Each mounting bracket 22 supports at least one spray nozzle 10. A single, downwardly facing nozzle 10 could be carried on bracket 22. However, a rotatable nozzle turret 24 having three nozzles 10 is preferably used instead of a single fixed nozzle 10. One nozzle turret 24 having three nozzles 10 that could be used is a model QJ360C-DB manufactured by Spraying Systems Co. of Wheaton, Ill.

Each bracket 22 is designed to fit the body of turret 24. Bracket 22 is designed to prevent both inadvertent twisting of the body of turret 24 (about an axis that is up-down) and inadvertent rotating of the body of turret 24 (about an axis that is horizontal) in the event of contact between nozzle 10 and some object. The anti-twist feature is accomplished by bracket 22 having the bracket sides turned down to hold the top edge of the body of turret 24. The anti-rotation is accomplished by changing the turret body mount to a direct bolt onto a horizontal “plane” in bracket 22.

Each nozzle turret 24 is rotatable on its mounting bracket 22 to position a selected nozzle 10 in an operative spray position with the spray outlet of nozzle 10 facing the ground. Each nozzle 10 has a different volumetric flow capacity and/or spray pattern so that a desired nozzle 10 can be used at any given time by selective rotation of turret 24. Regardless of which nozzle 10 is used, turret 24 and nozzles 10 are, for the most part, entirely contained within the triangular cross-section of each wing boom 6. In this position, they are substantially protected from damage should sprayer 2 be backed into an object or should wing booms 6 strike an obstruction.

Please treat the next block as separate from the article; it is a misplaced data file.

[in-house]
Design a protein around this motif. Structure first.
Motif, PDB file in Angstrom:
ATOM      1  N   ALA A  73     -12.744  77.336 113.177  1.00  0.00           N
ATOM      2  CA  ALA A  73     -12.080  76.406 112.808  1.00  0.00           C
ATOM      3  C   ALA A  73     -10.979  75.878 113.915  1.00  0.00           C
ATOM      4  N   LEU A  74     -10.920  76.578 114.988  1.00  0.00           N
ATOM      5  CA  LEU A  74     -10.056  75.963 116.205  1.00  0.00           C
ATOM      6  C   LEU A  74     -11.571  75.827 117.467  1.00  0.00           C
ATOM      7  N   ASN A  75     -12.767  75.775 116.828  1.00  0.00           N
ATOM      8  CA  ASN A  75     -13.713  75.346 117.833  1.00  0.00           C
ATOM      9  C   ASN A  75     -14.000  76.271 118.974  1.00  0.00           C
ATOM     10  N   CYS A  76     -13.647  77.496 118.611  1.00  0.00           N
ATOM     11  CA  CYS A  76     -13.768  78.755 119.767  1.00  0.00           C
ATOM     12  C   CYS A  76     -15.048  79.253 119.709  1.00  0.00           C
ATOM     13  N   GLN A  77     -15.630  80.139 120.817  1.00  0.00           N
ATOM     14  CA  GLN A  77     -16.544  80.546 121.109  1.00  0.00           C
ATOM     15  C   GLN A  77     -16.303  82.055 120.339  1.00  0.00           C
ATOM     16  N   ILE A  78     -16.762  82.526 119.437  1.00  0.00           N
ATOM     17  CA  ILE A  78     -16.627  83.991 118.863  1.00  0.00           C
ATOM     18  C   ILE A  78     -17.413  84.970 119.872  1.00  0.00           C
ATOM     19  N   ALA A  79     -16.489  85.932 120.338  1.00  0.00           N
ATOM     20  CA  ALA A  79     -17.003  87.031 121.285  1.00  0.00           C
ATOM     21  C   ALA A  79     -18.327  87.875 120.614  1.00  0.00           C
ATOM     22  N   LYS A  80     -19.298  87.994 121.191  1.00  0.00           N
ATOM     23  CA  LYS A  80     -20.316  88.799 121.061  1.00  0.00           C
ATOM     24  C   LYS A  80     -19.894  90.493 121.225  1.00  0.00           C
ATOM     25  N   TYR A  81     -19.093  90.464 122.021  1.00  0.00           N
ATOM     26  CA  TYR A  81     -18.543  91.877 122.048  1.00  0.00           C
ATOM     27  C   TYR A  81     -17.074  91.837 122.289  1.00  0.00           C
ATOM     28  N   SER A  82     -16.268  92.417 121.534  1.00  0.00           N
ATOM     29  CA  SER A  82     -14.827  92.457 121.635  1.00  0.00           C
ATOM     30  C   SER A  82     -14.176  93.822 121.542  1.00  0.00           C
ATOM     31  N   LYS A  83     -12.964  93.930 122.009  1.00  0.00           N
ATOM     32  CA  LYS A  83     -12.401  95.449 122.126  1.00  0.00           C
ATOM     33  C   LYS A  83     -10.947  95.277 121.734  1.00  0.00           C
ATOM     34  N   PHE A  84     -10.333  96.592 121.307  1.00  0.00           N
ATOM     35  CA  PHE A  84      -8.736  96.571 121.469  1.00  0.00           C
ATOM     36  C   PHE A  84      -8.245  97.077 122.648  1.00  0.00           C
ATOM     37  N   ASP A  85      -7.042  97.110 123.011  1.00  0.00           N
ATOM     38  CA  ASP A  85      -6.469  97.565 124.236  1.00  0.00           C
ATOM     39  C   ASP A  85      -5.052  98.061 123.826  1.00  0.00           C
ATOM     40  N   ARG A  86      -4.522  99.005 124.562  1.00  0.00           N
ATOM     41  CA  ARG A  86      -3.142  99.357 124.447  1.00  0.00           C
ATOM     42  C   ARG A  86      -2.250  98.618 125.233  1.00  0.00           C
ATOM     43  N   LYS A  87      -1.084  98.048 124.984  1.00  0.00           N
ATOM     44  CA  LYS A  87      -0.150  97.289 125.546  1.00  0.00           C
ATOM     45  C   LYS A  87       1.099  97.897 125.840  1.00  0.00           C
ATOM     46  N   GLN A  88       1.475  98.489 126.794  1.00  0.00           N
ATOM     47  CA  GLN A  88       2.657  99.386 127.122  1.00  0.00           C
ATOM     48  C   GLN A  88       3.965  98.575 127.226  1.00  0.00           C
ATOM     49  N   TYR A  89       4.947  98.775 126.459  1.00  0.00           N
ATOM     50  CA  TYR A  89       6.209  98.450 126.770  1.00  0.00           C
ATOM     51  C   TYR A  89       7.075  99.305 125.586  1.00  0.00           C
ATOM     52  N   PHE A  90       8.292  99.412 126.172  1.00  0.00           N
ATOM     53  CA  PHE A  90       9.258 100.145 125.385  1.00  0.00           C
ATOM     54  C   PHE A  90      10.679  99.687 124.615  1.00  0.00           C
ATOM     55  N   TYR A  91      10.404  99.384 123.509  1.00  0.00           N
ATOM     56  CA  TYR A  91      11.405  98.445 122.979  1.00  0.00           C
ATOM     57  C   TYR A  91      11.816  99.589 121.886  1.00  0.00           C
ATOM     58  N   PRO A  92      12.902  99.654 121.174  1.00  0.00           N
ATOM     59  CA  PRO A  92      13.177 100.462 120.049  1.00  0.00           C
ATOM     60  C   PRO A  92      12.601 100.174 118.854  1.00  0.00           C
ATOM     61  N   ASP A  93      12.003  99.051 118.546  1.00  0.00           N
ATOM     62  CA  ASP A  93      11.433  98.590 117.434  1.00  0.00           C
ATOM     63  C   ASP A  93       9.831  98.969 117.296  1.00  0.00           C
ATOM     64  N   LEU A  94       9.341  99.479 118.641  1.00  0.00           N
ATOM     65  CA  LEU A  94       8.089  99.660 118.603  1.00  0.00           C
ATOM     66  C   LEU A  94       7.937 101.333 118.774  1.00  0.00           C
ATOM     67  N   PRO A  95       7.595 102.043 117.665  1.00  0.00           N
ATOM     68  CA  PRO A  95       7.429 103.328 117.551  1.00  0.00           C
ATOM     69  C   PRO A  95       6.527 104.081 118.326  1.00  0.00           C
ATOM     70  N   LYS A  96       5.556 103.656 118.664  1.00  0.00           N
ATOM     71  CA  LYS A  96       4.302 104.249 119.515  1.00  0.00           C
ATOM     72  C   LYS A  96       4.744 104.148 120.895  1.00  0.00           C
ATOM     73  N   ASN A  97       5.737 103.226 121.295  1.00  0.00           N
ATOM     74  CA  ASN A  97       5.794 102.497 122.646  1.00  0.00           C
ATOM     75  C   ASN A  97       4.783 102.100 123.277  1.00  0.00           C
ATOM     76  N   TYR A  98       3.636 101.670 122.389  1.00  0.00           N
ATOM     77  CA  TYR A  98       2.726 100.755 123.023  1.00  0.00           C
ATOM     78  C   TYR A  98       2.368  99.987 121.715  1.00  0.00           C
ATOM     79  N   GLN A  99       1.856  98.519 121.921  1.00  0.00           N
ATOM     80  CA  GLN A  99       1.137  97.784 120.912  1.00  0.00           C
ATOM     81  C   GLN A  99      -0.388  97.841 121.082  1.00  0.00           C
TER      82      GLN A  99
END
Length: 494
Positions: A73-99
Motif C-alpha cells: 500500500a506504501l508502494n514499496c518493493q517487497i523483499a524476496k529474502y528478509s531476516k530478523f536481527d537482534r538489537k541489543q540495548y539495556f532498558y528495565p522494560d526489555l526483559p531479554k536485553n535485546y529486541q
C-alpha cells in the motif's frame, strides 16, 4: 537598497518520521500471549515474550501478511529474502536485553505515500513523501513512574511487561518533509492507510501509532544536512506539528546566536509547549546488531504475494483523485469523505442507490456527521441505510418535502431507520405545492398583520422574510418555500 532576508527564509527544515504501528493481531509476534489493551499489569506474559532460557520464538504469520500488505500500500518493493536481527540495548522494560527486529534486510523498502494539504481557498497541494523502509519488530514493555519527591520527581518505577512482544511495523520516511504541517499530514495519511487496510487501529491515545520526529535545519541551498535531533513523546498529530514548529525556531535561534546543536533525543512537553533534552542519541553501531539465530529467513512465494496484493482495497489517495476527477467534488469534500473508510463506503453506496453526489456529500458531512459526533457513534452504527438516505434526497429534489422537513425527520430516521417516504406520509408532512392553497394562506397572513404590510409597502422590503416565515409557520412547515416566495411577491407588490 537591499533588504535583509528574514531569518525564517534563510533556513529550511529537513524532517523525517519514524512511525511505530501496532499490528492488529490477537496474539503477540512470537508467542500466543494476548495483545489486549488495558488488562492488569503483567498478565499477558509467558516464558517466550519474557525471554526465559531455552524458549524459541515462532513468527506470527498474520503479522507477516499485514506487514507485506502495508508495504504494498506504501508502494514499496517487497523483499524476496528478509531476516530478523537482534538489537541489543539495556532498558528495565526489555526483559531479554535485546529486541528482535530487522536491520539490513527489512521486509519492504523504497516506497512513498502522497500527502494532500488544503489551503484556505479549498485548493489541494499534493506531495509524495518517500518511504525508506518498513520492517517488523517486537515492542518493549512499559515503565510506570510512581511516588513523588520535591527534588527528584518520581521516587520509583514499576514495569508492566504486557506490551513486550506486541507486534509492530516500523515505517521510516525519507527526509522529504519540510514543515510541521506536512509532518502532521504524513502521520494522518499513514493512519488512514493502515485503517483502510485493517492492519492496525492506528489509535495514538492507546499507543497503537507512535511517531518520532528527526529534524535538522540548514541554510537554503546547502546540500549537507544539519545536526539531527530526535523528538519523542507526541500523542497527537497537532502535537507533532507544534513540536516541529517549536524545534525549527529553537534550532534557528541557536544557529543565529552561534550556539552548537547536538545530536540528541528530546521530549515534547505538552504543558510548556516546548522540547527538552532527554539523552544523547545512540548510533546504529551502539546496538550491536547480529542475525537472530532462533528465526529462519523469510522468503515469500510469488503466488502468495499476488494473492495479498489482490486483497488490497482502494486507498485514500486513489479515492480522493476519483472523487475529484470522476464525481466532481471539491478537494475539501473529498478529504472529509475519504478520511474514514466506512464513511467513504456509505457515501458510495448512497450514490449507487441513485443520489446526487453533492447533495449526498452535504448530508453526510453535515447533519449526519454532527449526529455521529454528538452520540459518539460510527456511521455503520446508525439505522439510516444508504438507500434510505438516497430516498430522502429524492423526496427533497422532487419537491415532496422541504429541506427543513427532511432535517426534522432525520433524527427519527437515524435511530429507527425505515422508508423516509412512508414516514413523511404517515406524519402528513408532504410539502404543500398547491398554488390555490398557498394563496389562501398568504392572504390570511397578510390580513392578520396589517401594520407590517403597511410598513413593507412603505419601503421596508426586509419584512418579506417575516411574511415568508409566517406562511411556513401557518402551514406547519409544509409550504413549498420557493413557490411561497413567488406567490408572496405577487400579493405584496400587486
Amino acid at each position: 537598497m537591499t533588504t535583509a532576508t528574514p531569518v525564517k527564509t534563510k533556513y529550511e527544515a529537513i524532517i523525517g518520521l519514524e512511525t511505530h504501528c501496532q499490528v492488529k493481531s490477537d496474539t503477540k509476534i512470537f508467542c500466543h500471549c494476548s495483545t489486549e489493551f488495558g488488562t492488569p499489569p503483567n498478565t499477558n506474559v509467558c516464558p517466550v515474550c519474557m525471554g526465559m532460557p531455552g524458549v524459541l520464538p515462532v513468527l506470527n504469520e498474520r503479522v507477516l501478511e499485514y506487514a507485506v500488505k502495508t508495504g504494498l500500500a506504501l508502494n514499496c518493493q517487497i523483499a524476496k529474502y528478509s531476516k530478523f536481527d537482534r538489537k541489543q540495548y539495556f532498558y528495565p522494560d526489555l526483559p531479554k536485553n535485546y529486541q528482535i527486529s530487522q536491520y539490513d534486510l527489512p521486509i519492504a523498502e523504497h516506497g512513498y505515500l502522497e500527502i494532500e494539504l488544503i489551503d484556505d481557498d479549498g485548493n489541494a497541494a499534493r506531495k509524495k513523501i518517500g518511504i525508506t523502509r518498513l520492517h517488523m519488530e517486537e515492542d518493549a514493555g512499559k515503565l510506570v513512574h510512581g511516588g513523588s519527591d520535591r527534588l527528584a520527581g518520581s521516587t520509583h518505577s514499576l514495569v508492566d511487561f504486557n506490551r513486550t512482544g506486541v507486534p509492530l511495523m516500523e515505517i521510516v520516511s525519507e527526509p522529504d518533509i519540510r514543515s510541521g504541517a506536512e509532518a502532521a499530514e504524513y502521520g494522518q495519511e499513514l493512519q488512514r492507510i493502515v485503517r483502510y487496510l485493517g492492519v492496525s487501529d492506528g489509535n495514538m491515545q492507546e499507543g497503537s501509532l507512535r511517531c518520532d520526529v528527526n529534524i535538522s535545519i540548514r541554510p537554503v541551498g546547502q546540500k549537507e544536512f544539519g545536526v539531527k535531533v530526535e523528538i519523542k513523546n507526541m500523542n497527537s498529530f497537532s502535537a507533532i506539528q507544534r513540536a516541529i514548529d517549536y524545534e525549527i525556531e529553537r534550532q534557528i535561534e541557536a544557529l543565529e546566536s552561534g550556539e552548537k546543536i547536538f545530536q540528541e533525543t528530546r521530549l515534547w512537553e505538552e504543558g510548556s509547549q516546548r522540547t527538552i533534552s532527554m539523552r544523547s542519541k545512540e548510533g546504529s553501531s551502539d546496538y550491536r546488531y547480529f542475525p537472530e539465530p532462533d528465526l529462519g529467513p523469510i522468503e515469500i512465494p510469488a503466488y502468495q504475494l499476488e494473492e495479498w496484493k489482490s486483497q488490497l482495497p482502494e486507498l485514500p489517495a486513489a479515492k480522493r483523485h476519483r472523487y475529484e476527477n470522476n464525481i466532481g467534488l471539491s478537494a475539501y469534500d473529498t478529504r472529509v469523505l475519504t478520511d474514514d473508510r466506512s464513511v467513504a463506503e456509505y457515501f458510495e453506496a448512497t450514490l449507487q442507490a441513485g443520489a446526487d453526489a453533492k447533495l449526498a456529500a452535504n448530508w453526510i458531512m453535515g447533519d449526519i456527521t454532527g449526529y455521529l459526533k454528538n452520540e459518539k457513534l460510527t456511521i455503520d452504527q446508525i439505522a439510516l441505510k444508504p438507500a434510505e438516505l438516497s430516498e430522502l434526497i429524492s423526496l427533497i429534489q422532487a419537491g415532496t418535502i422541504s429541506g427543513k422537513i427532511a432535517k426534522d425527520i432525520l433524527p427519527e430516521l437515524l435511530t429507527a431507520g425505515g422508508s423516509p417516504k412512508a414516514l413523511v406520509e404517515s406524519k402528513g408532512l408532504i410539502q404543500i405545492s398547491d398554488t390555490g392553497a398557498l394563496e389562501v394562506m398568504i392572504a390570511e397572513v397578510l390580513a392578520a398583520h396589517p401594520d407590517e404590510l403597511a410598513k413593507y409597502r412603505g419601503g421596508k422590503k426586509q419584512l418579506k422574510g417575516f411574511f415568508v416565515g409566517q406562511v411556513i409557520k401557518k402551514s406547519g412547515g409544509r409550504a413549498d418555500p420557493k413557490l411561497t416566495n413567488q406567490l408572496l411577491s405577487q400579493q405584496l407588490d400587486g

Turrets 24 in each wing boom 6 are connected together by a liquid conduit 26 having an inlet 28 that receives liquid from the tank of such liquid carried on the vehicle. Conduit 26 is made from a plurality of hoses 30 that are coupled by hose connectors to adjacent turrets 24. See FIG. 3. When necessary, hoses 30 pass through openings in supports 20 of each wing boom 6.

Center boom 4 carries a number of similar rotatable nozzle turrets 24 spaced laterally along the length of center boom 4 from one end to the other end. Again, turrets 24 in center boom 4 are operatively connected together by a conduit 26 made from a plurality of hoses 30. Both conduit 26 and turrets 24 are located within the interior cross-section of the box-shaped center boom 4. Thus, they are substantially protected from damage in the same way as on wing booms 6.